But butterflies are trying to tell us things. I suspect that this kind of logic – what I want to cheekily call ‘slow love’ – is tethered to a fundamentally racialized capitalist work ethic, one that assumes 1) the ongoingness of the loving subjects and 2) that investing more time and capital into a relationship will yield a more valuable product: a strong romantic bond. But some of us don’t have time to waste. I am suggesting that there is a radicality to loving fast in the battlefield of settler states, that it can be a form of worlding through which new pockets of consensual ethical intersubjectivity emerge. We know that the settler state is bloodthirsty: it hunts, maims, and, with a perverse legality, kills native people. It consigns us to a waning sociality such that we are continuously pushed closer and closer to death – this might manifest itself as obesity, as substance abuse, as mental illness, as incarceration etc. Settler colonialism is war, and native people are enemy forces that don’t have the option of forfeiting. This is a war that the settler state refuses to lose. It’ll apologize to us for wrongs wronged, launching itself into a present putatively bereft of guilt or grievous harm, but one that is nonetheless marked by death, by the aggressive extraction of resources from the land, by what Audra Simpson calls the “normalized crisis” of Missing and Murdered Indigenous Women and Girls. [2] Indigeneity is thus emptied of its symbolic weight vis-à-vis the genocidal teloses of containment, of assimilation, of dying out. Settler colonialism is an epistemic rupturing of everything, a steady bombardment whose intensity is felt unevenly across differently subjected native bodies. In a word: ours is a present that can only bear some of us, not all of us. Resistance doesn’t always feel like resistance, it sometimes feels lonely, it sometimes feels like bleeding out. [3]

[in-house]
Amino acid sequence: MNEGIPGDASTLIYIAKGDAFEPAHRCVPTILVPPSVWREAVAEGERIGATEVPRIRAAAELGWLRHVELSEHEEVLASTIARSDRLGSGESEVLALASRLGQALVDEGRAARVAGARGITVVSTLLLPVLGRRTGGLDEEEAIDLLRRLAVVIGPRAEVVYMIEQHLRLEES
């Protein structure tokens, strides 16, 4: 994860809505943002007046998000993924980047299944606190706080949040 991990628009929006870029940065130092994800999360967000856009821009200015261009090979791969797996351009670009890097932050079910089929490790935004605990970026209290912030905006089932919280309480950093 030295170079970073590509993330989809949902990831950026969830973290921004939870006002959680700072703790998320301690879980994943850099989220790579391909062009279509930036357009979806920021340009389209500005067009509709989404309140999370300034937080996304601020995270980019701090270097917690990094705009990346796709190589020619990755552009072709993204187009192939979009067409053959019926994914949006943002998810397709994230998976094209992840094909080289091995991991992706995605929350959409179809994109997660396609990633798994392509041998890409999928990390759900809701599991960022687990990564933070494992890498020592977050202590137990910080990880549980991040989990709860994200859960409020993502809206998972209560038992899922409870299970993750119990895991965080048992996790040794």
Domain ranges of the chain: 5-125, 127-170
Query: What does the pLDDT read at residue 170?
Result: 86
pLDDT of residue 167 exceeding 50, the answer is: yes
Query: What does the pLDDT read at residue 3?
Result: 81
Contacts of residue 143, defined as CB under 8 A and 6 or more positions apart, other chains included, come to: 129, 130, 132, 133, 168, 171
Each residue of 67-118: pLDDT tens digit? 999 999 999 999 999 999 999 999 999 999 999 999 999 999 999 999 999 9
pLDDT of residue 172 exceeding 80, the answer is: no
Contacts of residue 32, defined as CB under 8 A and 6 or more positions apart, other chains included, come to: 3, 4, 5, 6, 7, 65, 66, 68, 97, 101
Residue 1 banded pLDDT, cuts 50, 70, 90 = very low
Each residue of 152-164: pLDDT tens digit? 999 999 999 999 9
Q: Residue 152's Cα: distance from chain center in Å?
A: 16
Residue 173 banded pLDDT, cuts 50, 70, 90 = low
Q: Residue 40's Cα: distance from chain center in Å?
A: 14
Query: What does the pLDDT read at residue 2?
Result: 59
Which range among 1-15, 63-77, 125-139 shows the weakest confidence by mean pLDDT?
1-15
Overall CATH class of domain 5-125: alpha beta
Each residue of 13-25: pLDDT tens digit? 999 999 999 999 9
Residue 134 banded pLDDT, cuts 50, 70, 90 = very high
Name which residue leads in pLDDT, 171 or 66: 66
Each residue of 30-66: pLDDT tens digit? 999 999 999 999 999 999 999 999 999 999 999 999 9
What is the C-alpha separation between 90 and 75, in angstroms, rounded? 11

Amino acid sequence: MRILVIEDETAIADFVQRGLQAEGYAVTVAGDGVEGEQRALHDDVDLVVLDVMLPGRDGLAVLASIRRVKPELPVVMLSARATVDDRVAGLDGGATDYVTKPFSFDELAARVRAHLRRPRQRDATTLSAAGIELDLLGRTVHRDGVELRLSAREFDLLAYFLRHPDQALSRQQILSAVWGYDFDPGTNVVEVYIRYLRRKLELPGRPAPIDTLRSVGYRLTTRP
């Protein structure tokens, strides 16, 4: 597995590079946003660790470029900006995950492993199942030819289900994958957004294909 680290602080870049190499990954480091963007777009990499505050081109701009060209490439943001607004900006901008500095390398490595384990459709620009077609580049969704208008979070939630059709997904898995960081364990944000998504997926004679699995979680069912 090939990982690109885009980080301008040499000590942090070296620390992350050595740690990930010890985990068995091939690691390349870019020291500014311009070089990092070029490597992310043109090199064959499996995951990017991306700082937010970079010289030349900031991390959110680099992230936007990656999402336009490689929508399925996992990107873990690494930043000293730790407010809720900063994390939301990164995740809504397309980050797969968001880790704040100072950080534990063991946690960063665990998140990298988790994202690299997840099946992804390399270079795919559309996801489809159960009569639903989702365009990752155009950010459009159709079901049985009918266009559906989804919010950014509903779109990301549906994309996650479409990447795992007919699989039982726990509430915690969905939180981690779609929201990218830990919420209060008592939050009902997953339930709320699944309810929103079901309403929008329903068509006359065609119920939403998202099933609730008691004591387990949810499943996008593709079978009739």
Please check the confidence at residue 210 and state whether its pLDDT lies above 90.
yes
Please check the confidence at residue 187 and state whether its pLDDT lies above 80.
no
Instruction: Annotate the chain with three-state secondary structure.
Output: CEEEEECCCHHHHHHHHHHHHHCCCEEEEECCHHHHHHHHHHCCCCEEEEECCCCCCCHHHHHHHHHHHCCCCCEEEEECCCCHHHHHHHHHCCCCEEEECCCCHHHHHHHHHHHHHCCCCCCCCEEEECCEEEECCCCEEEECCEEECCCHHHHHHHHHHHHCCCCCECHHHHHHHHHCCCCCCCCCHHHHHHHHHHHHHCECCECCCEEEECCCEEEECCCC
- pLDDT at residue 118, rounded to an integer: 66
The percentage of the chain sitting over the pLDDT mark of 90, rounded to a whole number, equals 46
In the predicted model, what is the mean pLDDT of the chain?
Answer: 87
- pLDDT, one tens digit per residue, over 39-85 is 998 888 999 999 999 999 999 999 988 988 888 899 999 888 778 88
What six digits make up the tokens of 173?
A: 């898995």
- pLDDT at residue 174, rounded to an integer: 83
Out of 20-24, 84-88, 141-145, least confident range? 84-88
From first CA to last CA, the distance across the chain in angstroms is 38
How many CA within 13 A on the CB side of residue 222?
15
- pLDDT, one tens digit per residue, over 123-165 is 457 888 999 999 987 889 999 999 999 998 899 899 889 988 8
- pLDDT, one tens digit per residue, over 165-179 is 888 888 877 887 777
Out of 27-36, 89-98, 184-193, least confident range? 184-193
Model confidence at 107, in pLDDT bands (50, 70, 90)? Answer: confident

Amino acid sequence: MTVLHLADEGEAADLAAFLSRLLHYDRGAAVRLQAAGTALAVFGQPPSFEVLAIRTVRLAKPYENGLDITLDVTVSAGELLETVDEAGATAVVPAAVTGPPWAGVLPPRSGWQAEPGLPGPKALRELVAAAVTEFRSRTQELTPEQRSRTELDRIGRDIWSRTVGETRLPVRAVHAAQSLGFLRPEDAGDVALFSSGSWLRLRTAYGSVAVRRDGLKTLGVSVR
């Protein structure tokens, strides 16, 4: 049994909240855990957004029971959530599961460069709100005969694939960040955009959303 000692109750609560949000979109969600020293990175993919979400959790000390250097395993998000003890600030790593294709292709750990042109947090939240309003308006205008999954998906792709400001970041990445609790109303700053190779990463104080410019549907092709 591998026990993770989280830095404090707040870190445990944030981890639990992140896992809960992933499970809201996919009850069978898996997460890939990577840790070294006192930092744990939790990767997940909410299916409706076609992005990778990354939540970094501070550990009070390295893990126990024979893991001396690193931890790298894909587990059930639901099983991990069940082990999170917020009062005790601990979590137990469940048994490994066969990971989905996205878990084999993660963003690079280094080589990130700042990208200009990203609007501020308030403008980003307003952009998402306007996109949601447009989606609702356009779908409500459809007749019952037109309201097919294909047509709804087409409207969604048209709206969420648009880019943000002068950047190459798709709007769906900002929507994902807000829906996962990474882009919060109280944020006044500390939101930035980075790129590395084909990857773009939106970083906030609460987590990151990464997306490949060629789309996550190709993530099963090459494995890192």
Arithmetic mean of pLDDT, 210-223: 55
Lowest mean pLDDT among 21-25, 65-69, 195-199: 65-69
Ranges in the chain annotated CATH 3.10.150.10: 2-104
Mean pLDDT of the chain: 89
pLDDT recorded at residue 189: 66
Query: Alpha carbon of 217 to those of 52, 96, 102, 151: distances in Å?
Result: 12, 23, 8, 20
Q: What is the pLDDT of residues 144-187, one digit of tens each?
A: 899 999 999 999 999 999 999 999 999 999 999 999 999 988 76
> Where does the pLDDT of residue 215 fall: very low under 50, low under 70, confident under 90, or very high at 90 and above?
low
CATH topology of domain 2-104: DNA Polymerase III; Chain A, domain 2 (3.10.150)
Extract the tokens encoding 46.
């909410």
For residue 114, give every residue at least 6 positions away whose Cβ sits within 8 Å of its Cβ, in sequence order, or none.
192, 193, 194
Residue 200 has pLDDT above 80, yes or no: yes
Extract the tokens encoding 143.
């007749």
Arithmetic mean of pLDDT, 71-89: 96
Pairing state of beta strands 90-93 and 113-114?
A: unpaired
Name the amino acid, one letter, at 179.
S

Sara Ahmed writes: “Love is crucial to how individuals become aligned with collectives through their identification with an ideal, an alignment that relies on the existence of others who have failed that ideal.” [4] Where Ahmed is concerned with the transference of love from an object to a collective and its coterminous instantiation as an ideal (i.e, white supremacy, nationalism, multiculturalism), I am interested in the substance of ‘love’ as an ideal itself, how some bodies and not others fully enflesh love as such, how indigeneity – rendered through the biopolitical categories of ‘Aboriginal’ and ‘Indian’ – becomes love’s necessary aberration, its antithesis, its failure. Indigeneity is meant to self-destruct, not to love or be loved. What kinds of worlds, then, are possible if we were to move fast, if we were to fall hard?